The Role of Transaminations in the Pharmacological Effects of Indole-3-Pyruvic Acid
Indole-3-pyruvic acid (IPA), the keto-analog of tryptophan, is very much diffused in plants, where it can act as a phytohormone. In the past, it has been used as a substitute for tryptophan, with the aim to stimulate growth in rats (Jackson, 1930) or in chickens (Grigoriev and Truzhnikova, 1971). More recently, it has been shown that IPA decreases kynurenine formation by inhibiting tryptophan-2,3-dioxygenase (TPO; EC 188.8.131.52) (Lavaggi et al., 1987) and increases serotonin turnover in rat brains, inducing remarkable sedation and analgesia (Bacciottini et al., 1987). Because IPA can interfere with aromatic aminoacid metabolism, acting as substrate or inhibitor of transami-inases, the present study was designed to find possible relationships between transaminases present in mammalian bodies and pharmacological effects observed after IPA administration.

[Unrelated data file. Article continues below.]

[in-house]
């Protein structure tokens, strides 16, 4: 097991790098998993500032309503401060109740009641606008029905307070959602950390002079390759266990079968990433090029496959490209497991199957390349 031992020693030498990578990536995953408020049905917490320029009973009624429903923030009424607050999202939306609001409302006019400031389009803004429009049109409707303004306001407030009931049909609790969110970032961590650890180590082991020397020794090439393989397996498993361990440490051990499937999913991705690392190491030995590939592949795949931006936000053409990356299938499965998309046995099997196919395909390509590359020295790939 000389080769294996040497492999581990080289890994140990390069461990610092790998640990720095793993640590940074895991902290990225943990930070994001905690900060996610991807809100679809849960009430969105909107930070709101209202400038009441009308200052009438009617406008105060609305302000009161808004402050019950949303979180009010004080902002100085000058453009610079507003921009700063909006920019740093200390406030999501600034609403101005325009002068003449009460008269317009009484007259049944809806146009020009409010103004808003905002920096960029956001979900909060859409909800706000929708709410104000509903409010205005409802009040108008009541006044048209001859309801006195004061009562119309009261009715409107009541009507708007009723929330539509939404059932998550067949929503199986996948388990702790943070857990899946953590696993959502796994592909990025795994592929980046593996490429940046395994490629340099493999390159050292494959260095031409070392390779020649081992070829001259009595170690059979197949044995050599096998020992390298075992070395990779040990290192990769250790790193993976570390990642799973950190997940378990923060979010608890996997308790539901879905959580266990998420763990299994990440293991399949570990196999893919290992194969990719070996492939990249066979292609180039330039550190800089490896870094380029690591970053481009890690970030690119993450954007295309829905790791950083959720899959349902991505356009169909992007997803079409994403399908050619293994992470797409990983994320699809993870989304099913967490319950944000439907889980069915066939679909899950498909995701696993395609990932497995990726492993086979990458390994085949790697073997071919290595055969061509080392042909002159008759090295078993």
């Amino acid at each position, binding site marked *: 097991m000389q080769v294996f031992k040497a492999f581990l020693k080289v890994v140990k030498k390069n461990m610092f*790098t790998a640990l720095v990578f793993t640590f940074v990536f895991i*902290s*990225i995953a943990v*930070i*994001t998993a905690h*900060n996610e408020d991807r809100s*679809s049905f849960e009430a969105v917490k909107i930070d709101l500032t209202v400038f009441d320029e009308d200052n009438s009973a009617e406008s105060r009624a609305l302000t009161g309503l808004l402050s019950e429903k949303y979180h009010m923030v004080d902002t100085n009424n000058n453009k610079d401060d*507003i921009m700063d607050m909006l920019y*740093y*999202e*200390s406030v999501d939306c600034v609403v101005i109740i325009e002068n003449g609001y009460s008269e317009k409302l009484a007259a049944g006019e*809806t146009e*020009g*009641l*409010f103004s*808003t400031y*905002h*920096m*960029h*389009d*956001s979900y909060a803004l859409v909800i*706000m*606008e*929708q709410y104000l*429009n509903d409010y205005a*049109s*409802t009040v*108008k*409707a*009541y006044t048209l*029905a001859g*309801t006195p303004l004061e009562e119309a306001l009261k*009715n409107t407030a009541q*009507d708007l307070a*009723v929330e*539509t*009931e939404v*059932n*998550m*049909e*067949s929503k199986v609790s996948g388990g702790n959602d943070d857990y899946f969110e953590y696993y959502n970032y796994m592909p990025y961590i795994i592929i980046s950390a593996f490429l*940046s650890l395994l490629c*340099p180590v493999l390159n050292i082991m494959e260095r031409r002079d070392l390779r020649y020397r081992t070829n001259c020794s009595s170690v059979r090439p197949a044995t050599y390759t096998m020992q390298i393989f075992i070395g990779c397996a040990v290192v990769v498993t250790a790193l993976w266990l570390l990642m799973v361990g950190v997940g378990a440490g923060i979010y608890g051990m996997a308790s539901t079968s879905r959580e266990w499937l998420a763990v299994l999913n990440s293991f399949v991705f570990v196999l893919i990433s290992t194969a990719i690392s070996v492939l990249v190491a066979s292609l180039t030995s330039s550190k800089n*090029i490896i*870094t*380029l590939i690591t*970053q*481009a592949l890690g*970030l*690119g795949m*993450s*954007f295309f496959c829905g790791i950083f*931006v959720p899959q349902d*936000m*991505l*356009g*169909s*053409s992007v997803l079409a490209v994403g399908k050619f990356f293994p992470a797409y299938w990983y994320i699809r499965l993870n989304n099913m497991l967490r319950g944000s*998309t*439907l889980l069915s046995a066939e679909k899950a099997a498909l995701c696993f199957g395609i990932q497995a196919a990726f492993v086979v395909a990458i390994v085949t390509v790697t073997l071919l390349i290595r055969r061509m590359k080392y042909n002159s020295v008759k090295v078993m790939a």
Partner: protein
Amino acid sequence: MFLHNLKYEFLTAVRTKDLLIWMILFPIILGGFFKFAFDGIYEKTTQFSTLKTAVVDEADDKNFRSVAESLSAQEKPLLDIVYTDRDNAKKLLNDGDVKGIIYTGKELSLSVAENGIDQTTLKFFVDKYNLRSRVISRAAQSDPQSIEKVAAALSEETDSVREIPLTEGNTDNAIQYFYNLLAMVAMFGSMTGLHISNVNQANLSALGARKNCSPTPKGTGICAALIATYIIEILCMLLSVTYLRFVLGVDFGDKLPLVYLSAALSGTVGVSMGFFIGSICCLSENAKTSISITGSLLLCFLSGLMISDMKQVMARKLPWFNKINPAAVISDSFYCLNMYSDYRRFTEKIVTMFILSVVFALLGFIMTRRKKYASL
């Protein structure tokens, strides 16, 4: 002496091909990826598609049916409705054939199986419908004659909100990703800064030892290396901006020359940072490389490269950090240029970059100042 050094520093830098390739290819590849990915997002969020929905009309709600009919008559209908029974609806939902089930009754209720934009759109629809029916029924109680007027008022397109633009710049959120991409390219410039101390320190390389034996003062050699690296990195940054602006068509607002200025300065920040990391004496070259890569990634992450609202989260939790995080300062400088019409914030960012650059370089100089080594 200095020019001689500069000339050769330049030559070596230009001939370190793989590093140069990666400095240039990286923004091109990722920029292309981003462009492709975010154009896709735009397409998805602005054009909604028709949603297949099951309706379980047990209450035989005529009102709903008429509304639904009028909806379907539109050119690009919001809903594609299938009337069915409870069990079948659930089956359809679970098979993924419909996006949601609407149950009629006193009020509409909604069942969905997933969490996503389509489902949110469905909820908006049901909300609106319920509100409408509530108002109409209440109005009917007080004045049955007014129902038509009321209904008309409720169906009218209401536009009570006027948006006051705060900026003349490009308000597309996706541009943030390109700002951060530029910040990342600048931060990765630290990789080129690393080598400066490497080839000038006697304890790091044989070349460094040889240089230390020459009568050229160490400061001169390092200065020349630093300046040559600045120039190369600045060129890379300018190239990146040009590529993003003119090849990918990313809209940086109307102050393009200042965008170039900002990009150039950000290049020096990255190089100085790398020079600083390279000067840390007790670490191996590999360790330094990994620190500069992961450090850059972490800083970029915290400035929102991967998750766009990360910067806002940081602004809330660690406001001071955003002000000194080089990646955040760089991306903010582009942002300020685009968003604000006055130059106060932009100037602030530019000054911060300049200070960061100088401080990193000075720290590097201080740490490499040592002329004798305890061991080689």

KeywordsPharmacological Effect Pyruvic Acid Mammalian Body Pathologic Stress Tryptophan Pyrrolase
Unable to display preview. Download preview PDF.
- Grigoriev, N.G., and Truzhnikova, T.M., 1971, Formation of tryptophan from 3-indolylpyruvic acid in the organism of chicks, Sel’skokhoz. Biol., 6: 97–101.Google Scholar
- Jackson, R.W., 1930, Indole derivatives in connection with a diet deficient in tryptophan, J. Biol. Chem., 84: 1–21.Google Scholar
- Lavaggi, M.V., Politi, V., De Luca, G., and Gorini, A., 1987, Effects of indole-3-pyruvic acid on tryptophan pyrrolase activity in vitro and in vivo, in: “Progress in Tryptophan and Serotonin Research”, Bender, D.A., Joseph, M.H., Kochen, W., and Steinhart, H., eds., de Gruyter, Berlin, pp. 51–54.Google Scholar